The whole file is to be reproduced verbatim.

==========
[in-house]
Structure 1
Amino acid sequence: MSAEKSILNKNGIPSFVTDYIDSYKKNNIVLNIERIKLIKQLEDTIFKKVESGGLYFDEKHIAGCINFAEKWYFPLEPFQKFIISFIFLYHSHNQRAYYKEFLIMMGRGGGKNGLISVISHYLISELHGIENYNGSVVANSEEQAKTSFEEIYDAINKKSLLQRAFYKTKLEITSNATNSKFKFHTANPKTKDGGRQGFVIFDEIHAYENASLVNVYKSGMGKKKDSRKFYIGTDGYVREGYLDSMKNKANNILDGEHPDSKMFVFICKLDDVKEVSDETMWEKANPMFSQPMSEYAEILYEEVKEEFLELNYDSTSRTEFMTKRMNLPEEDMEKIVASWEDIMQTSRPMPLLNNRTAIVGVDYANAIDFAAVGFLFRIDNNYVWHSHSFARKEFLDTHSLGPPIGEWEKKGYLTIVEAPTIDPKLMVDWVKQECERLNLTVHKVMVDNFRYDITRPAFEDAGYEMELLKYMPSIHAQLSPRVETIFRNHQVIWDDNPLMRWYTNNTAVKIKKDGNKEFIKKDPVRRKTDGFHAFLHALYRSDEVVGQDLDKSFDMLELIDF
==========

[in-house]
Structure 1
Amino acid sequence: MSAEKSILNKNGIPSFVTDYIDSYKKNNIVLNIERIKLIKQLEDTIFKKVESGGLYFDEKHIAGCINFAEKWYFPLEPFQKFIISFIFLYHSHNQRAYYKEFLIMMGRGGGKNGLISVISHYLISELHGIENYNGSVVANSEEQAKTSFEEIYDAINKKSLLQRAFYKTKLEITSNATNSKFKFHTANPKTKDGGRQGFVIFDEIHAYENASLVNVYKSGMGKKKDSRKFYIGTDGYVREGYLDSMKNKANNILDGEHPDSKMFVFICKLDDVKEVSDETMWEKANPMFSQPMSEYAEILYEEVKEEFLELNYDSTSRTEFMTKRMNLPEEDMEKIVASWEDIMQTSRPMPLLNNRTAIVGVDYANAIDFAAVGFLFRIDNNYVWHSHSFARKEFLDTHSLGPPIGEWEKKGYLTIVEAPTIDPKLMVDWVKQECERLNLTVHKVMVDNFRYDITRPAFEDAGYEMELLKYMPSIHAQLSPRVETIFRNHQVIWDDNPLMRWYTNNTAVKIKKDGNKEFIKKDPVRRKTDGFHAFLHALYRSDEVVGQDLDKSFDMLELIDF